Our biggest competitor
Unlike what you would think, the biggest competitor we face in the market is cables and speakers. Customers want to upgrade their sound and just assume (as they have been faithfully told for years) that they should just get better speakers (which look very different), or just swap out those cables (which is easy to do). But the quest is rarely fully satisfying. The flavor changes but the basic flaws remain. Cables and preamps are used to hide the digital harshness of the DAC but then detail is lost.
When at last we can clear away all the bandaids and demo a truly remarkable DAC, customer satisfaction results. Fundamental changes to the sound and believability of the music result. Sometimes this is harder than you think. A system has been built up over the years with heavily filtering cables and preamp, and then have a really fast amplifier and stiff fast speaker with diamond tweeters to try to get some dynamics back. Absolutely the best sounding system possible with a harsh DAC, but when you put in a great DAC, then you really have the worst possible system to hear what the DAC can do. You need to focus on a revealing accurate system all the way through. Interestingly, audiophiles who have built their system around a vinyl source generally have just such a system, and dropping in an MSB DAC results in stunning sound.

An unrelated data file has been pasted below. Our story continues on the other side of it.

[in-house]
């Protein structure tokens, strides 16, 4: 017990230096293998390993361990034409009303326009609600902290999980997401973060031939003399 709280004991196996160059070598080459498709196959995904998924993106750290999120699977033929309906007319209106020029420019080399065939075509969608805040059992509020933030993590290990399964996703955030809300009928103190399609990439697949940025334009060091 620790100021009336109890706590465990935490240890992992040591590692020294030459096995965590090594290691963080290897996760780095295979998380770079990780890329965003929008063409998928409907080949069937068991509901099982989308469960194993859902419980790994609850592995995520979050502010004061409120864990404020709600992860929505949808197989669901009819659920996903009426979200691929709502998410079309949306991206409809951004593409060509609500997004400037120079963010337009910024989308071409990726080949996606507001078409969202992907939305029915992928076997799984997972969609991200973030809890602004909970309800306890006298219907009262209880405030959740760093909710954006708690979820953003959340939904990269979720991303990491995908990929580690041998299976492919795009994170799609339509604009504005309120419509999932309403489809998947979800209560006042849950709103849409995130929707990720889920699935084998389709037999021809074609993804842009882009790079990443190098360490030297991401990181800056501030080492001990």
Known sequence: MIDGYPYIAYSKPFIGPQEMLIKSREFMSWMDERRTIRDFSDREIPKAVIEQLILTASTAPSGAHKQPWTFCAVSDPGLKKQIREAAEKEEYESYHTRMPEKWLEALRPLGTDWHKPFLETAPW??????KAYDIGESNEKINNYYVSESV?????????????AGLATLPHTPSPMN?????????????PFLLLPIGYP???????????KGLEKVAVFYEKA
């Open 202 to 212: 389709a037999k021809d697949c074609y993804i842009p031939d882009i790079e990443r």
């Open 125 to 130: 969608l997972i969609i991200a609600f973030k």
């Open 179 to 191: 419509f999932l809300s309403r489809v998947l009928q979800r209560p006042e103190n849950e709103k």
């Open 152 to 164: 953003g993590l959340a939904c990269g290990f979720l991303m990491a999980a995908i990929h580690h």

The final word
Our mission is to encourage and even beg audiophiles to try an MSB DAC. We are confident that even though a good DAC is as expensive as a good pair of speakers, that the impact on YOUR system will be shocking to you, and you can then begin a new phase in your listening experience.